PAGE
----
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Ford Turns Recycled Bottles Into Car Seats

Ford Turns Recycled Bottles Into Car Seats

Ford Motor Co. recently became the first automaker to use a material made from recycled plastic bottles in a car's seat fabric. The material, called Repreve, is a polyester fiber made from a blend of recycled materials. Manufactured by Unifi, Inc., the fiber derives from used plastic water bottles and other post-consumer waste, as well as post-industrial manufacturing waste, such as nylon.

The 2012 Ford Focus Electric runs on battery power alone, so it does not require gasoline and produces no carbon dioxide emissions. Each Focus keeps 22 16-ounce plastic polyethylene terephthalate (PET) water bottles out of landfills by recycling them into the seat fabric's fibers, according to the Repreve Website.

"Not only does the use of this fabric in [the] Focus Electric help reduce waste, it also helps to offset the need to produce new raw material from crude oil -- a process that consumes precious energy and natural resources," Carol Kordich, lead designer of sustainable materials for Ford, said in a press release.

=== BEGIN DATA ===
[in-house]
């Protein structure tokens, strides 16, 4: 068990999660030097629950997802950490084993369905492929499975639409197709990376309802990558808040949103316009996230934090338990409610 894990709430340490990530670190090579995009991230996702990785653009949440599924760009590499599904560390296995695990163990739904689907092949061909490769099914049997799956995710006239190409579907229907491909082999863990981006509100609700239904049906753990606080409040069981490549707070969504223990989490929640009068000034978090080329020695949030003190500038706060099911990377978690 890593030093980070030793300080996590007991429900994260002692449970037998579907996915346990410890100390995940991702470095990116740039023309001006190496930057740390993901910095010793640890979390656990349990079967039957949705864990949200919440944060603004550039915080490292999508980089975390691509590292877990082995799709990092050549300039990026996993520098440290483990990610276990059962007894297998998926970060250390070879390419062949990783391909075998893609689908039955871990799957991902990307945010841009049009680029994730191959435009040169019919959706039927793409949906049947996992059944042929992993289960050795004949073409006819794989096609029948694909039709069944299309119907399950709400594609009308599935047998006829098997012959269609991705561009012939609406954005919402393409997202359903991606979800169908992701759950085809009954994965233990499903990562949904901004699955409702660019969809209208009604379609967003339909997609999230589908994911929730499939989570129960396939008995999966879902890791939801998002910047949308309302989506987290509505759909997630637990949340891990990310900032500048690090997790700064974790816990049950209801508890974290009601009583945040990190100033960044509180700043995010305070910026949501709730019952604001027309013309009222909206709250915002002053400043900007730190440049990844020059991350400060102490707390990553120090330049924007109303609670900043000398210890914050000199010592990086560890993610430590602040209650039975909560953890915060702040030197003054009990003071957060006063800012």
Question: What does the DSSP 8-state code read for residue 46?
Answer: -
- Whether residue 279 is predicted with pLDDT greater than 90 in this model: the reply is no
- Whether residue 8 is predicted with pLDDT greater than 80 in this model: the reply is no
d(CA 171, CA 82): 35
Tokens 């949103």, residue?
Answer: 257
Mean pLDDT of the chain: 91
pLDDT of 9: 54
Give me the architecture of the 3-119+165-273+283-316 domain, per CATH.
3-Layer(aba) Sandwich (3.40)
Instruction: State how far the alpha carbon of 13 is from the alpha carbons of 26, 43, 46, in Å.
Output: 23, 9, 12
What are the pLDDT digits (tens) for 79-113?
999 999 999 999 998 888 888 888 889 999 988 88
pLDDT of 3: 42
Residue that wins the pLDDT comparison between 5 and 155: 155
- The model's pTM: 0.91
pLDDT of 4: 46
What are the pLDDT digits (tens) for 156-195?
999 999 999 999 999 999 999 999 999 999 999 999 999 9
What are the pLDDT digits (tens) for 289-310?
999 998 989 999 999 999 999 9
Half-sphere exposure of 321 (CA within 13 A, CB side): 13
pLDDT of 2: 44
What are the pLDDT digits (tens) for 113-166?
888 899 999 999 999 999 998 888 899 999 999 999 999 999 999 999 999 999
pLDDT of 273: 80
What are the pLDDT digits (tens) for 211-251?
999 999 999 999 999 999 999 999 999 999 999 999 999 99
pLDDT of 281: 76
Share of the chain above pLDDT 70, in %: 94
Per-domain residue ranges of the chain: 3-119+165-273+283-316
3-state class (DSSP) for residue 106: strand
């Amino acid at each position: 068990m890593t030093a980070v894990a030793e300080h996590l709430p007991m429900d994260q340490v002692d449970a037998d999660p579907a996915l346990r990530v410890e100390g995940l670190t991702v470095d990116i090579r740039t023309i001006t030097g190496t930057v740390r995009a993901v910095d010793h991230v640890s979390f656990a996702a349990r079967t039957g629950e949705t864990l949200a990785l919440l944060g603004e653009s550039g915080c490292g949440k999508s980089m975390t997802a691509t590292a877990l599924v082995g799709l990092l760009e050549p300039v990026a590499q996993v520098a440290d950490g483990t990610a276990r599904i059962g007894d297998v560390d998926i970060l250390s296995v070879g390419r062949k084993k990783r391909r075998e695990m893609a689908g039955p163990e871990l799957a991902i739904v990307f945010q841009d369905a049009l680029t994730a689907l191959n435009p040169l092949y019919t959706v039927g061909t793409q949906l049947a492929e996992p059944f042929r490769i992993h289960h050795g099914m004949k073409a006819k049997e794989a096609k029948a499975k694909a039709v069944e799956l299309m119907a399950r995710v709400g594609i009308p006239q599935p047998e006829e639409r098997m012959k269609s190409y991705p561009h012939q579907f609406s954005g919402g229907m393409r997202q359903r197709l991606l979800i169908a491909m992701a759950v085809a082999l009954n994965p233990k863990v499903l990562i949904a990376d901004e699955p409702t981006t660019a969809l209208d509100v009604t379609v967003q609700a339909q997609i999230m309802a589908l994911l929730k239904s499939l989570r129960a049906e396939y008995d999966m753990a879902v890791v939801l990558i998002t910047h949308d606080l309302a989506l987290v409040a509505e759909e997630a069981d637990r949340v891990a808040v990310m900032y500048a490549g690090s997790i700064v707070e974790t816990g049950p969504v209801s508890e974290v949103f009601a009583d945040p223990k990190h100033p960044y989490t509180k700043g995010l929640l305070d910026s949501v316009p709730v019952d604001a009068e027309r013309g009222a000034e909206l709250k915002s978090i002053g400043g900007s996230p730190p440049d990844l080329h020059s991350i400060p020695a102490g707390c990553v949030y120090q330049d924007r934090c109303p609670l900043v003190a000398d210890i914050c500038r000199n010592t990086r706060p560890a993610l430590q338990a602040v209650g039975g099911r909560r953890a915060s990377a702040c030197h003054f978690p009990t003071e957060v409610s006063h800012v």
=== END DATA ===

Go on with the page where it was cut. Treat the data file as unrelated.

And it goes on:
Ford started using sustainable fabrics in its automobiles in 2009. At that time, the company mandated that its fabric suppliers use at least 25 percent recycled content in their products for all vehicles for model year 2009 and beyond. Since then, 37 different fabrics that meet these requirements have been developed and incorporated into Ford vehicles.

According to Kordich, Ford now mandates that its vehicles with eco-friendly powertrains, such as the Focus, contain fabrics that are 100 percent sustainable. The Repreve material meets this requirement, she says, because it combines pre-consumer industrial fiber waste with post-consumer waste. In addition, use of the fabric cuts energy consumption and CO2 emissions by eliminating the need to use refined crude oil for producing plastic fibers.

Ford is considering using this fabric in its entire line of cars and trucks.

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